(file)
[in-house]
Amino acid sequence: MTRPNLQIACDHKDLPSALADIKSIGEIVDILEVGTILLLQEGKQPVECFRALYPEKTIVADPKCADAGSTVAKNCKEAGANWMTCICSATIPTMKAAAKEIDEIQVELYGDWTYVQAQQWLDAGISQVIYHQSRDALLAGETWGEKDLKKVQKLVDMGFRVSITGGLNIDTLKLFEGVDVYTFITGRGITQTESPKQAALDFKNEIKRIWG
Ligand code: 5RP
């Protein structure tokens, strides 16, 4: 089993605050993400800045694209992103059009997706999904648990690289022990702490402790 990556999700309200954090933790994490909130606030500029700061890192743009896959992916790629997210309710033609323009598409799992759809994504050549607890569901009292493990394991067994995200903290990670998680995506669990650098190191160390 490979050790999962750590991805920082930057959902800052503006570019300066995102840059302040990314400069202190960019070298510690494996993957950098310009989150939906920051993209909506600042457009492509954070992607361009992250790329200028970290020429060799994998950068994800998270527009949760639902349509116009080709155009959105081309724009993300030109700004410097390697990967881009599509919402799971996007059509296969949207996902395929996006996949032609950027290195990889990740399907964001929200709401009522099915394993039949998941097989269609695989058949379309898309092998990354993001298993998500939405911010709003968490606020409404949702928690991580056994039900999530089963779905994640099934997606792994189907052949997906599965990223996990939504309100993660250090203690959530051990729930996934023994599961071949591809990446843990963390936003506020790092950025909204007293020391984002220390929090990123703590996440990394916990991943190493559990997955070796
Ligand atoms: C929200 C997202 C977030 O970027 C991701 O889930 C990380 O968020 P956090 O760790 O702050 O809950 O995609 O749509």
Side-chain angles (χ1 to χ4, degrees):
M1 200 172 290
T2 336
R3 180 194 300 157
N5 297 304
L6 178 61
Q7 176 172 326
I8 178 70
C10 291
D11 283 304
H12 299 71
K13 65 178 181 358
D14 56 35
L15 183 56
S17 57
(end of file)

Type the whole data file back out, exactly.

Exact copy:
[in-house]
Amino acid sequence: MTRPNLQIACDHKDLPSALADIKSIGEIVDILEVGTILLLQEGKQPVECFRALYPEKTIVADPKCADAGSTVAKNCKEAGANWMTCICSATIPTMKAAAKEIDEIQVELYGDWTYVQAQQWLDAGISQVIYHQSRDALLAGETWGEKDLKKVQKLVDMGFRVSITGGLNIDTLKLFEGVDVYTFITGRGITQTESPKQAALDFKNEIKRIWG
Ligand code: 5RP
């Protein structure tokens, strides 16, 4: 089993605050993400800045694209992103059009997706999904648990690289022990702490402790 990556999700309200954090933790994490909130606030500029700061890192743009896959992916790629997210309710033609323009598409799992759809994504050549607890569901009292493990394991067994995200903290990670998680995506669990650098190191160390 490979050790999962750590991805920082930057959902800052503006570019300066995102840059302040990314400069202190960019070298510690494996993957950098310009989150939906920051993209909506600042457009492509954070992607361009992250790329200028970290020429060799994998950068994800998270527009949760639902349509116009080709155009959105081309724009993300030109700004410097390697990967881009599509919402799971996007059509296969949207996902395929996006996949032609950027290195990889990740399907964001929200709401009522099915394993039949998941097989269609695989058949379309898309092998990354993001298993998500939405911010709003968490606020409404949702928690991580056994039900999530089963779905994640099934997606792994189907052949997906599965990223996990939504309100993660250090203690959530051990729930996934023994599961071949591809990446843990963390936003506020790092950025909204007293020391984002220390929090990123703590996440990394916990991943190493559990997955070796
Ligand atoms: C929200 C997202 C977030 O970027 C991701 O889930 C990380 O968020 P956090 O760790 O702050 O809950 O995609 O749509």
Side-chain angles (χ1 to χ4, degrees):
M1 200 172 290
T2 336
R3 180 194 300 157
N5 297 304
L6 178 61
Q7 176 172 326
I8 178 70
C10 291
D11 283 304
H12 299 71
K13 65 178 181 358
D14 56 35
L15 183 56
S17 57